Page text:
A poisonous mushroom is any mushroom or toadstool that causes a negative reaction when eaten. Symptoms can vary from mild stomach upset to lethal liver or kidney failure.
There are about 5,000 types of mushrooms found in the United States and of these, about one hundred are responsible for most mushroom poisonings. Less than a dozen species are considered deadly, however death from other species, even so-called “safe” mushrooms, has occurred in very young children or in ill adults.
Q: Is it possible to easily tell the difference between a poisonous and non-poisonous mushroom?
A: No. There are no non-scientific tests or rules that can accurately determine the safety or toxicity of a mushroom. Using the following “rules” could prove to be a deadly mistake!
People commonly believe that mushrooms are only poisonous if:
- The mushroom stains when bruised
- The mushroom secretes a milky sap
- The mushroom turns garlic blue or black when cooked together
- The mushroom turns a silver coin black when rubbed against it
- The mushroom tarnishes a silver spoon when cooked with it
- The mushroom has scales, warts or other types of rough surfaces
And common misconceptions for determining whether a mushroom is safe:
- The mushroom grows on wood
- Slugs or other insects eat the mushroom
- Squirrels, rabbits, or other wildlife eat the mushroom
- The mushroom is dried, boiled, salted or pickled in vinegar
- The mushroom does not have a ring or skirt on the stalk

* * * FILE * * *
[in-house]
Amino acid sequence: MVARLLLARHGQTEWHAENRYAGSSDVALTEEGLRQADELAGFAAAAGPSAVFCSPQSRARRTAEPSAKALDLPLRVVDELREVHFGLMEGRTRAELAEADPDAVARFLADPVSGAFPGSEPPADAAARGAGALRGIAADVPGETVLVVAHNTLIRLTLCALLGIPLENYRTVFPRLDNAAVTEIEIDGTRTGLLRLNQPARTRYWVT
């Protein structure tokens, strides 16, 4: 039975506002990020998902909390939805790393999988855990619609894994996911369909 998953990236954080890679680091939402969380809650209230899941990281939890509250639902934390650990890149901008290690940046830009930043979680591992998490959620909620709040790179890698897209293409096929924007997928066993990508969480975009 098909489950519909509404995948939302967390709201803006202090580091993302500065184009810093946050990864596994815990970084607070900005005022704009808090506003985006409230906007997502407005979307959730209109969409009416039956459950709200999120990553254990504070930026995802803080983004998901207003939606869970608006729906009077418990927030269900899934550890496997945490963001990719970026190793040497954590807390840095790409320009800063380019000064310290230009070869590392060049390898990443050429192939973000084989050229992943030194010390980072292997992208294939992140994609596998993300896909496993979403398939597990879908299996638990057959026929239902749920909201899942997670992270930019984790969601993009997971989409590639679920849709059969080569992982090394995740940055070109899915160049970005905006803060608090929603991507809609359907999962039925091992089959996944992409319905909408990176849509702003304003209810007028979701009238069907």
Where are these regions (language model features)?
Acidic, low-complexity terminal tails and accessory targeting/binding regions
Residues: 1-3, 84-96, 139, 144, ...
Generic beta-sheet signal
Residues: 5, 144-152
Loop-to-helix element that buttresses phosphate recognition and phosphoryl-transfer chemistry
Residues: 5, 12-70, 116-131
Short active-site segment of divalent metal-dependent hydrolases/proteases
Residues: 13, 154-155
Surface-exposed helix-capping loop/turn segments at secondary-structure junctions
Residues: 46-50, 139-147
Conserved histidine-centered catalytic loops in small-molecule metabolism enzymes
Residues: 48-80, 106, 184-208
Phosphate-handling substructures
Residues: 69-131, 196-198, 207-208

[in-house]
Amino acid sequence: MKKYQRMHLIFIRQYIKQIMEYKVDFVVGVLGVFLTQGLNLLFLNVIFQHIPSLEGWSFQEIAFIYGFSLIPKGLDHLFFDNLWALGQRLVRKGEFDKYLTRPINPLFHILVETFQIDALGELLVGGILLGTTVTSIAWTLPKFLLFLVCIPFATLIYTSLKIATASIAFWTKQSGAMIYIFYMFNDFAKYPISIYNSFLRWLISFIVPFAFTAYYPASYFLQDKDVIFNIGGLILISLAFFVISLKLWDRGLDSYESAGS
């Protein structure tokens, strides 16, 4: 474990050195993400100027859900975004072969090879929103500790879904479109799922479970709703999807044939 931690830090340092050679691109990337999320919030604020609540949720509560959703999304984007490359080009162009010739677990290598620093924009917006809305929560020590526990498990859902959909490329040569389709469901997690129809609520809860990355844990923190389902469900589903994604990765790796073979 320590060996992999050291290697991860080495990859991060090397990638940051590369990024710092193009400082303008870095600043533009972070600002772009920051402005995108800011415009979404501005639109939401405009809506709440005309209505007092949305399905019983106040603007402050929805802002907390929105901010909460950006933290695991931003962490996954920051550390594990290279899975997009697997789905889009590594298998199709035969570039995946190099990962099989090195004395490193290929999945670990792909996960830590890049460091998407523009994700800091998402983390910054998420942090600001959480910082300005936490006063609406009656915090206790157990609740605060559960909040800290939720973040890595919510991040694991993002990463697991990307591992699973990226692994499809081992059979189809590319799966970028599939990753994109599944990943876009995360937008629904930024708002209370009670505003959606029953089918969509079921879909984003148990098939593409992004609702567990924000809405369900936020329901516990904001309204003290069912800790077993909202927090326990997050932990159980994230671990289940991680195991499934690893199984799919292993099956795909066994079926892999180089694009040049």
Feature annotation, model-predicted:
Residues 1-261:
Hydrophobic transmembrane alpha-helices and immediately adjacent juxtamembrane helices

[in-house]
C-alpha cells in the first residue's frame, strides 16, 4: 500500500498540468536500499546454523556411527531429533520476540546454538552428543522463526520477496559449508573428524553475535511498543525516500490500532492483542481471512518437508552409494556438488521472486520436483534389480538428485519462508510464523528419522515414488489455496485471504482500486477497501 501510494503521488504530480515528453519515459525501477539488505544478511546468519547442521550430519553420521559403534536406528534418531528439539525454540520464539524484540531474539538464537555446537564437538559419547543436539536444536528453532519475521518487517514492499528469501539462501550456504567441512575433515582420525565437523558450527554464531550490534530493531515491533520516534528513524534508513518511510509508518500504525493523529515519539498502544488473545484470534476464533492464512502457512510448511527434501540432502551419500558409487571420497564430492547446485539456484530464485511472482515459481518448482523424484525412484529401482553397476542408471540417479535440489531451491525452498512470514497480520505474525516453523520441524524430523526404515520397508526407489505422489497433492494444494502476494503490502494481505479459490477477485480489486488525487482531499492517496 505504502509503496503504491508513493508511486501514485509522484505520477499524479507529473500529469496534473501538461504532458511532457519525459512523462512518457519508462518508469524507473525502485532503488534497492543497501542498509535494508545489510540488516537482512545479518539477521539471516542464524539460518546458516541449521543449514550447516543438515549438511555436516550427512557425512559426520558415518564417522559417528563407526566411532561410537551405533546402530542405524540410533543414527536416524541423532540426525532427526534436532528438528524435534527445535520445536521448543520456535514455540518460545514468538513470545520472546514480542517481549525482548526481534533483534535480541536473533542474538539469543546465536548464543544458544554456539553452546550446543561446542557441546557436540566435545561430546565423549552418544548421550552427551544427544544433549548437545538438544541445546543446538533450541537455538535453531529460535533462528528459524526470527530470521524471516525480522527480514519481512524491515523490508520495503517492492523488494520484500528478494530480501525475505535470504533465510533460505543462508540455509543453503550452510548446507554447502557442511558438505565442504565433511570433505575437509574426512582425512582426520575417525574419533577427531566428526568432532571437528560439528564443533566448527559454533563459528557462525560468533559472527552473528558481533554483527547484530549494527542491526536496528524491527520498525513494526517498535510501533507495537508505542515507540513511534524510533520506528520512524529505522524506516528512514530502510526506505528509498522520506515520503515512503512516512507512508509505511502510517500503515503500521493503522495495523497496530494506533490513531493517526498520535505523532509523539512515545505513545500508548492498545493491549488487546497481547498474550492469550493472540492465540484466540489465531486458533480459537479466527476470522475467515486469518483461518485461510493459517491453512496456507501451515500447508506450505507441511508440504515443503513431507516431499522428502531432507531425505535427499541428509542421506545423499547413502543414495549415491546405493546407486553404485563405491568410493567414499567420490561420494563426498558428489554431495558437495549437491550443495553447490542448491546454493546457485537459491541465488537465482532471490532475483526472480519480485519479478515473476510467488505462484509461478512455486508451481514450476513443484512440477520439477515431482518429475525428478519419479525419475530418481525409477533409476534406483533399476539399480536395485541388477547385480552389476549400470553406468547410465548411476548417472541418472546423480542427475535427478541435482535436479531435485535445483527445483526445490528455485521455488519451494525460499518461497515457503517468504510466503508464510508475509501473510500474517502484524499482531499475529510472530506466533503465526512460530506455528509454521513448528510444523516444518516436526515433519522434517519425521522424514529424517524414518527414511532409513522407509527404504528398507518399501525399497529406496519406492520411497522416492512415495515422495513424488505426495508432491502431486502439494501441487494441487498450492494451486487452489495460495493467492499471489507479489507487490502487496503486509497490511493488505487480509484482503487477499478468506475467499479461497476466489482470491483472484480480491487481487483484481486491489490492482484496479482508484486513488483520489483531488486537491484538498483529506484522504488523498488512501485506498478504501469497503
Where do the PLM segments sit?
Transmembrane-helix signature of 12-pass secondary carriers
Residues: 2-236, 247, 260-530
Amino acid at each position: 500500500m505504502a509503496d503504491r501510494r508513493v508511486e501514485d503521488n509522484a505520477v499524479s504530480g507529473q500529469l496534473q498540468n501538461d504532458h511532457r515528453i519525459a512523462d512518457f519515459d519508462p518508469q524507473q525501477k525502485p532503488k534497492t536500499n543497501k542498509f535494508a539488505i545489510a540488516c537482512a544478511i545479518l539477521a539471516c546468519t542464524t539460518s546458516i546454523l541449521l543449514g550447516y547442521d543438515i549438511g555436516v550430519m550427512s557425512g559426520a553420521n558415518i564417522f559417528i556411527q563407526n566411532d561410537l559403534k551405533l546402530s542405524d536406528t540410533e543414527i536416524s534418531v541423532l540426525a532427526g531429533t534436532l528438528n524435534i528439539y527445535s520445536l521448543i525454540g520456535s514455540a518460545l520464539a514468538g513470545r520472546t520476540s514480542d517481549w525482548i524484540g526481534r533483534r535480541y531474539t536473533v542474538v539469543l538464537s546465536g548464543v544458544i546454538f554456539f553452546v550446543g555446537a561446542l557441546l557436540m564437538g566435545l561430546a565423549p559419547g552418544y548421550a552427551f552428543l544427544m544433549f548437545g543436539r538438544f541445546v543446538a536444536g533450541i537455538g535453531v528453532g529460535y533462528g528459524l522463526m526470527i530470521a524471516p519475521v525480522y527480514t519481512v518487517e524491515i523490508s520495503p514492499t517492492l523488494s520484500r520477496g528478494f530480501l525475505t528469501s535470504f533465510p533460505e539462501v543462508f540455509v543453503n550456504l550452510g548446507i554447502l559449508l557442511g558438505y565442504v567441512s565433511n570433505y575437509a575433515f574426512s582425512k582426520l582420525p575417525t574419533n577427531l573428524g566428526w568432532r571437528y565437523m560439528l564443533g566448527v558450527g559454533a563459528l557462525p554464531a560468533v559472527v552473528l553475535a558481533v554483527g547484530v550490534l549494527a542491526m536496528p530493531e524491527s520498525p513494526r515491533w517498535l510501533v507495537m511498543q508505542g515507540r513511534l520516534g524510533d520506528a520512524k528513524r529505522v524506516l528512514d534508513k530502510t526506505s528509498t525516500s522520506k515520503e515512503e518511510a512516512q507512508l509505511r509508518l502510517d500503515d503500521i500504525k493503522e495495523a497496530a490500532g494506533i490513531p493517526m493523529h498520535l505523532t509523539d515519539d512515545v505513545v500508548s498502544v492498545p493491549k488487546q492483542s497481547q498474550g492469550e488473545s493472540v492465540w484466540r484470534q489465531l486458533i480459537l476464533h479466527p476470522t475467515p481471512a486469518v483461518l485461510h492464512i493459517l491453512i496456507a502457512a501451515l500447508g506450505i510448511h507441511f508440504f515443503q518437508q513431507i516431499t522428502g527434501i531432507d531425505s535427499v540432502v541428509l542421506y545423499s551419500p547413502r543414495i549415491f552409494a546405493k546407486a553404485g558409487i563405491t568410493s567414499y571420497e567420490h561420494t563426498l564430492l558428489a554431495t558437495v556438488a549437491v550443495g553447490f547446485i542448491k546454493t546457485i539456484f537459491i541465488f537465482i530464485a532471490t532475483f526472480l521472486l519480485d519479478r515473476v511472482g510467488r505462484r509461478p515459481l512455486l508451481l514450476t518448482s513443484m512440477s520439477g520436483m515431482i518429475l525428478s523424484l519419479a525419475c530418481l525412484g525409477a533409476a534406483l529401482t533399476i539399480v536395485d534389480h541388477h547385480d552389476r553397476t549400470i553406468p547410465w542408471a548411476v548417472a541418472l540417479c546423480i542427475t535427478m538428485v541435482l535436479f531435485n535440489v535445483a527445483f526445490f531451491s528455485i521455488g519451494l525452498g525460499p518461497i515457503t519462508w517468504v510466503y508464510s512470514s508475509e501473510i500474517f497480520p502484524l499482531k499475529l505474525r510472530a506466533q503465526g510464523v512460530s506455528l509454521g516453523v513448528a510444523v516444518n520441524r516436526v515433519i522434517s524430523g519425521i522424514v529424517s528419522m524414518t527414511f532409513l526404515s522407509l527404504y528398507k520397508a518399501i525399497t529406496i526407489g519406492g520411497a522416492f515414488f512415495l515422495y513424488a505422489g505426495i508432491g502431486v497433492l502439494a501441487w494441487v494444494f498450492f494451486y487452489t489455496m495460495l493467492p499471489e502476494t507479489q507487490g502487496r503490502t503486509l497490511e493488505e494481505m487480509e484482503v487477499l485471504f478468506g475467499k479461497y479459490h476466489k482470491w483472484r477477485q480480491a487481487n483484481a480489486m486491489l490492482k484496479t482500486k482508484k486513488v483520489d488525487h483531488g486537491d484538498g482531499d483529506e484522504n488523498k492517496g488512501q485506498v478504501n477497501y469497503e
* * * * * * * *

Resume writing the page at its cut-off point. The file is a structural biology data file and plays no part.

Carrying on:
- The mushroom is pure white in color
A Few Facts
Neither list above is complete—you cannot reliably determine if a mushroom is poisonous. Here are a few facts about poisonous mushrooms:
- Some people can eat mushrooms with no problems, while other people eating the same mushroom will experience severe vomiting and diarrhea.
- Some people can have allergic reactions to eating “safe” mushrooms.
- Some mushrooms are only poisonous if eaten in large quantities.
- Some mushrooms are poisonous when raw but become harmless when parboiled and thoroughly cooked.
- Some mushrooms are poisonous regardless of how they are cooked or prepared.
- Some mushrooms are poisonous only if eaten with alcoholic beverages.
- Some mushrooms are classified as poisonous because they are hallucinogenic.
- Some mushrooms that are edible when fresh and young become poisonous when they are old, hit by frost, or if they decay.
- Some mushrooms, for unknown reasons, are poisonous in one part of the country and are not poisonous in another.
- Some mushrooms that are poisonous to animals do not cause major problems in humans.
- Most mushrooms are more dangerous to young children, the aged, and the very ill.
What To Do
Consider all mushrooms found outside unsafe. Mistakes are common and symptoms could be severe. Be safe and only select mushrooms from the varieties in your grocery store.
Do not wait for symptoms to appear. Call 1-800-222-1222 right away.
Many of the most toxic mushrooms have delayed symptoms, so just because a person or animal appears fine does not mean that everything is OK. Symptoms may not develop until several days later.
There are NO antidotes for mushroom poisoning!
Mushrooms from the Grocery Store
All mushrooms that are not purchased from a grocery store are considered potentially dangerous. Call the Poison Center at 1-800-222-1222 as soon as you even suspect a mushroom ingestion.
Mushrooms from the Yard
Spring and fall seasons with cool, damp evenings encourage mushroom growth. Check your yard for mushrooms before letting young children and pets out to play—remove all mushrooms. Teach children not to taste or even touch any outdoor mushrooms.
Do not add mushrooms from the wild to your dishes unless you are absolutely positive that the mushroom has been accurately identified and is safe.